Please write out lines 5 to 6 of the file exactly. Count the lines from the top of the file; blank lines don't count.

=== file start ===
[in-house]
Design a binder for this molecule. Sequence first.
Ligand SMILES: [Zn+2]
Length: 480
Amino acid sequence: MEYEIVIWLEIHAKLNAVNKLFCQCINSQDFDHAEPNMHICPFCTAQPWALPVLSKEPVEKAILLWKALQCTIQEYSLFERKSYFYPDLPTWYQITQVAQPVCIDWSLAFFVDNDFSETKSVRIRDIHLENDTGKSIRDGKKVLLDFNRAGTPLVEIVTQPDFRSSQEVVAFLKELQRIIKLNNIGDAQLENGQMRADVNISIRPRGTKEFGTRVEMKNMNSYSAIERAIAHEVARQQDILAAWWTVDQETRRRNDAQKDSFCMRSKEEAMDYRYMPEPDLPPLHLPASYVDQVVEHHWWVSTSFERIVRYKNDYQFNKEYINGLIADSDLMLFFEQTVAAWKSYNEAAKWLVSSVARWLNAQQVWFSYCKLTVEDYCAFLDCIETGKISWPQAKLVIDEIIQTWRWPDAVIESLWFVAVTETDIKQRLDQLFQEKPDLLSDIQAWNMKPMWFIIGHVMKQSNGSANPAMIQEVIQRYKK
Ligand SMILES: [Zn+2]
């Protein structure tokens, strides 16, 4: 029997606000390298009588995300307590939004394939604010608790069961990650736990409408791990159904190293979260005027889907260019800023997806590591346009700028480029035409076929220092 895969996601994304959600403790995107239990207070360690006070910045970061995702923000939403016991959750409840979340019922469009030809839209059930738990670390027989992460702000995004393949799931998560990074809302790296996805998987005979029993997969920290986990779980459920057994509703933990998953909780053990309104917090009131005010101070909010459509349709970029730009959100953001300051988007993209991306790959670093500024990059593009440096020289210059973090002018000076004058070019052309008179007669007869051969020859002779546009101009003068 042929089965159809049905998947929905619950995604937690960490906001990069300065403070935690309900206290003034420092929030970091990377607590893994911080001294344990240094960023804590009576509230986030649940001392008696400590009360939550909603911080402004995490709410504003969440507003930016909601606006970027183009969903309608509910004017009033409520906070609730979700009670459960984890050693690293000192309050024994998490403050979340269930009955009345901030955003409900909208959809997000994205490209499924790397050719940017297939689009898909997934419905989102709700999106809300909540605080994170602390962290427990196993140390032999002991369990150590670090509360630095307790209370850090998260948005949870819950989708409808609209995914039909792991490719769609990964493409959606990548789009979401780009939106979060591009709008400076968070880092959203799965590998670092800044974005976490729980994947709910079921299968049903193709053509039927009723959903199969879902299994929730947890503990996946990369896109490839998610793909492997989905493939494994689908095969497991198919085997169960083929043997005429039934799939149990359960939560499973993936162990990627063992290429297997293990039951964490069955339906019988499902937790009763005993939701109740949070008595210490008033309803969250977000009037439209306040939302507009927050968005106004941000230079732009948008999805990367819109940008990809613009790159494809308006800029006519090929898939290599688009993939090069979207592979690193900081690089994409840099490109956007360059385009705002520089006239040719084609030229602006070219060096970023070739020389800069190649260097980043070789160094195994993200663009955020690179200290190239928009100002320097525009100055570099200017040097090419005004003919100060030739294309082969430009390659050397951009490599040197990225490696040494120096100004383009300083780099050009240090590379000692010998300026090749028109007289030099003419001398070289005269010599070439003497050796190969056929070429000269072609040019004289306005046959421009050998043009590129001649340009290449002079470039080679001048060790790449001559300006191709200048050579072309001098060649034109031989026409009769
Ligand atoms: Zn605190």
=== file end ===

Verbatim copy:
Amino acid sequence: MEYEIVIWLEIHAKLNAVNKLFCQCINSQDFDHAEPNMHICPFCTAQPWALPVLSKEPVEKAILLWKALQCTIQEYSLFERKSYFYPDLPTWYQITQVAQPVCIDWSLAFFVDNDFSETKSVRIRDIHLENDTGKSIRDGKKVLLDFNRAGTPLVEIVTQPDFRSSQEVVAFLKELQRIIKLNNIGDAQLENGQMRADVNISIRPRGTKEFGTRVEMKNMNSYSAIERAIAHEVARQQDILAAWWTVDQETRRRNDAQKDSFCMRSKEEAMDYRYMPEPDLPPLHLPASYVDQVVEHHWWVSTSFERIVRYKNDYQFNKEYINGLIADSDLMLFFEQTVAAWKSYNEAAKWLVSSVARWLNAQQVWFSYCKLTVEDYCAFLDCIETGKISWPQAKLVIDEIIQTWRWPDAVIESLWFVAVTETDIKQRLDQLFQEKPDLLSDIQAWNMKPMWFIIGHVMKQSNGSANPAMIQEVIQRYKK
Ligand SMILES: [Zn+2]